I’m trying to control a fan motor thru a 5VDC SPST relay using PD1. I can see that almost 5VDC is going to the relay when I use the red_led() function with an arg of one, and it turns off just like I want when I use the red_led() function with a zero arg. Is the power going to PD1 not enough to cause a small relay to activate?
If that can’t be made to work, is there a better way to control a fan motor on a 3pi? I need it to run for about five seconds when the bot navigates to a candle. Worst case, I can just hot-wire the fan motor to it’s battery and make it run the entire time but it is cooler to switch the fan motor on and off.
Thanks for any ideas!
The microcontroller pin most likely cannot supply enough current to activate your relay. I suggest you use it to control a MOSFET or transistor, which in turn can control your relay (or your motor directly, if the MOSFET is beefy enough).
Thanks for the prompt reply, and thanks for bringing out such a cool little robot kit! This will be the 2nd time that I’ve been able to use mine in a competition where line following was just one part of the challenge (but not the whole challenge).
I’m glad to hear that you’re getting such good use out of your 3pi. Good luck with your competition. Please let us know how it turns out (and I’d love to see any video or pictures you might have).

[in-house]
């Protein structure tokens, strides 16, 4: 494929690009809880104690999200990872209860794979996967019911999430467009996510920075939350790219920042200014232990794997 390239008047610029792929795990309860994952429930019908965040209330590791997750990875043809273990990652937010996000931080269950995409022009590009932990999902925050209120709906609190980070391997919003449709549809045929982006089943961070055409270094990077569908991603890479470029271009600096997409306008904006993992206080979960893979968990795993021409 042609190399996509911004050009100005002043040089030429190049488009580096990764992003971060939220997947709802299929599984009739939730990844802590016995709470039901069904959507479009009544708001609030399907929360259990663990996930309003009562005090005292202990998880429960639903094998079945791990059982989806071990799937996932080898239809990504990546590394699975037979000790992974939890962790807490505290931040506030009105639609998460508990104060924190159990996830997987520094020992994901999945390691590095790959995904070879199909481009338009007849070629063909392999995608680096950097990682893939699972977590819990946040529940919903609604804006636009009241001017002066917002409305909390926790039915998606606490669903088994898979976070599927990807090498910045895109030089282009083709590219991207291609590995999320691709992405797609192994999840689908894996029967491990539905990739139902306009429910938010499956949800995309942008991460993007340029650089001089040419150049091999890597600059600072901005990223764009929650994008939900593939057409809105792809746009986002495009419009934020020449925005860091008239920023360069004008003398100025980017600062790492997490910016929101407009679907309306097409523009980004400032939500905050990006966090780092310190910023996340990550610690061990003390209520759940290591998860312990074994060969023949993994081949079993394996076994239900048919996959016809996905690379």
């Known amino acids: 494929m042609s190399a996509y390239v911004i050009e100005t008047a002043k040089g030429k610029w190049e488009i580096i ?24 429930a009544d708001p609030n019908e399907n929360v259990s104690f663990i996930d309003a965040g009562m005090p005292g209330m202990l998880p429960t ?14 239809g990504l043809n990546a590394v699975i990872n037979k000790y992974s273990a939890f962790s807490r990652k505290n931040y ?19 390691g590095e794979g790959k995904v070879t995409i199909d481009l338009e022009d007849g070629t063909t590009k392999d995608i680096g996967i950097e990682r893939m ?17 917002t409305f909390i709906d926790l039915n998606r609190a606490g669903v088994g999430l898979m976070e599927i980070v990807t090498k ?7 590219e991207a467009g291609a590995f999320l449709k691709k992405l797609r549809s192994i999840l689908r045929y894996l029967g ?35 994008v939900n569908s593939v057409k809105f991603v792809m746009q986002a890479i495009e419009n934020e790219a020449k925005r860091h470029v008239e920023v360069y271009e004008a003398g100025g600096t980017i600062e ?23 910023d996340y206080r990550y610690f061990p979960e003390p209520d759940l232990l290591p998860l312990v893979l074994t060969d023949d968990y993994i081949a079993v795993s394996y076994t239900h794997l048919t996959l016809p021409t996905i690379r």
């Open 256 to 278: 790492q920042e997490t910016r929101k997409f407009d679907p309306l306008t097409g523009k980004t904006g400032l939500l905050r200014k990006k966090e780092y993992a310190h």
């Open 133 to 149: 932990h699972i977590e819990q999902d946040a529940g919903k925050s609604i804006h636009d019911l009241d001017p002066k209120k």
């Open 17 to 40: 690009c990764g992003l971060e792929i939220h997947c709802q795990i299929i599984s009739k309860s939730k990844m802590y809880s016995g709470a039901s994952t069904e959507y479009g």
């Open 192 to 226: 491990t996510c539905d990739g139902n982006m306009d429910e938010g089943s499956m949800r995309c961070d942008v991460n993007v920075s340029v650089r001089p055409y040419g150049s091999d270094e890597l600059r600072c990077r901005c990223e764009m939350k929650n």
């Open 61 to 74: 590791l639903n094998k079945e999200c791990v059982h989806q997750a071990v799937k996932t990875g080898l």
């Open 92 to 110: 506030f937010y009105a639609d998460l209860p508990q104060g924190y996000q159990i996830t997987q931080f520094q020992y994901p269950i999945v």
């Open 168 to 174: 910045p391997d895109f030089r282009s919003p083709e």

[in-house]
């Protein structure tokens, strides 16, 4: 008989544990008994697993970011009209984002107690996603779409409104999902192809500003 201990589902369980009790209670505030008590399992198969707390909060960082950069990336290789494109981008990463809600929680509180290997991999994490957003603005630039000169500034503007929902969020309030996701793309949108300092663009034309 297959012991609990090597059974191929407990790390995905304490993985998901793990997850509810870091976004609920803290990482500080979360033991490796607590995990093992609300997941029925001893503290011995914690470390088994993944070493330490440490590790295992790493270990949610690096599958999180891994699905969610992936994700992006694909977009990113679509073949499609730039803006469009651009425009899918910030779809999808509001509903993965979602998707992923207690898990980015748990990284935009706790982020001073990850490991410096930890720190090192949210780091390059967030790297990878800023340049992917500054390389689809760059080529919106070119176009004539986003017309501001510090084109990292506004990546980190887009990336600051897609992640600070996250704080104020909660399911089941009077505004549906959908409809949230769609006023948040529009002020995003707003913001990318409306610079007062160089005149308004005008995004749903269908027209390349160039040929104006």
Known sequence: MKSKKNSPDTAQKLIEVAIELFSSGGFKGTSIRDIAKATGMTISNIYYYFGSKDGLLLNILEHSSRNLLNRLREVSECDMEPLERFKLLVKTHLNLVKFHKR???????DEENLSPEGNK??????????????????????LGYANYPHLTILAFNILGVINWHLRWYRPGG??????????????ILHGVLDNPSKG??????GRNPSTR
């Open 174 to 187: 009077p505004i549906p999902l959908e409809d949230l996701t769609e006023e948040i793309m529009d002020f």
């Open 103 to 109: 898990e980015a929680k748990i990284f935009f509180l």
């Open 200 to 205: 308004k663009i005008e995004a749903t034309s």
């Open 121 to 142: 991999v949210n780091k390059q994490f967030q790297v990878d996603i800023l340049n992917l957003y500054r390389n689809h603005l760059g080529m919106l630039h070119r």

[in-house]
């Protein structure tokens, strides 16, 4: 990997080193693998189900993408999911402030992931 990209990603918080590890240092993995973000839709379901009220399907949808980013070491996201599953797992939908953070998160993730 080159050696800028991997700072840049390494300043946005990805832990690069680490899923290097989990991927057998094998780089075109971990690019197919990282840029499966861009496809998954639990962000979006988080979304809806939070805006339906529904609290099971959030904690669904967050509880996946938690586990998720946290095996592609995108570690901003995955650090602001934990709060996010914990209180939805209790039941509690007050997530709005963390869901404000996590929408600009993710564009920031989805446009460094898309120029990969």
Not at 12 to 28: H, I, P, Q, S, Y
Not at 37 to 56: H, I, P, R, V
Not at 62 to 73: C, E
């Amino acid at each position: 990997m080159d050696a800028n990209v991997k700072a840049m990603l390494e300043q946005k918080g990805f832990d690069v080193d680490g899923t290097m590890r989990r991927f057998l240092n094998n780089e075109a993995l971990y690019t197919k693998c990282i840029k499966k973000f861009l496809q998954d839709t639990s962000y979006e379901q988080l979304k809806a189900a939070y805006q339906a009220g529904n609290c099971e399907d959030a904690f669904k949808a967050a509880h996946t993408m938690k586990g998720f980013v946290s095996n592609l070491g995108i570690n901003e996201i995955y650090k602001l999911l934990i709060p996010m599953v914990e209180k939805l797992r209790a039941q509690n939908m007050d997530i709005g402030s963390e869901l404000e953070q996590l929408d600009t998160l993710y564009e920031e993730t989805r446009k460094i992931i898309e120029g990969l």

One thing that occurred to me while reading this is that you would want the ground of the relay connected to the 3pi ground. In general, you should look at the spec for your relay, see how much current it draws to trip, and then look at how much current can be sourced by your microcontroller.
Here is the latest test of my entry in the fire fighting competition, it is weighed down by a fan and a battery so it had to be slowed down quite a bit. At a slower speed it manages to follow the line very well, then I made it drive straight over the “pad” at the end of the line and spin back and forth to blow the candle out. It then spins 180 degrees & returns to the starting point.
Update: My 3pi had the fastest time at our club’s October mini-competiton, finishing in under thirty seconds.
Cool video! I looks like your line following code might have room for improvement with careful tuning of the PID constants.
The Pololu supplied linefollowing code has been modified so the robot speeds up in the straight sections then slows down again in the turns, that gives it more of a speed advantage than PID tuning would.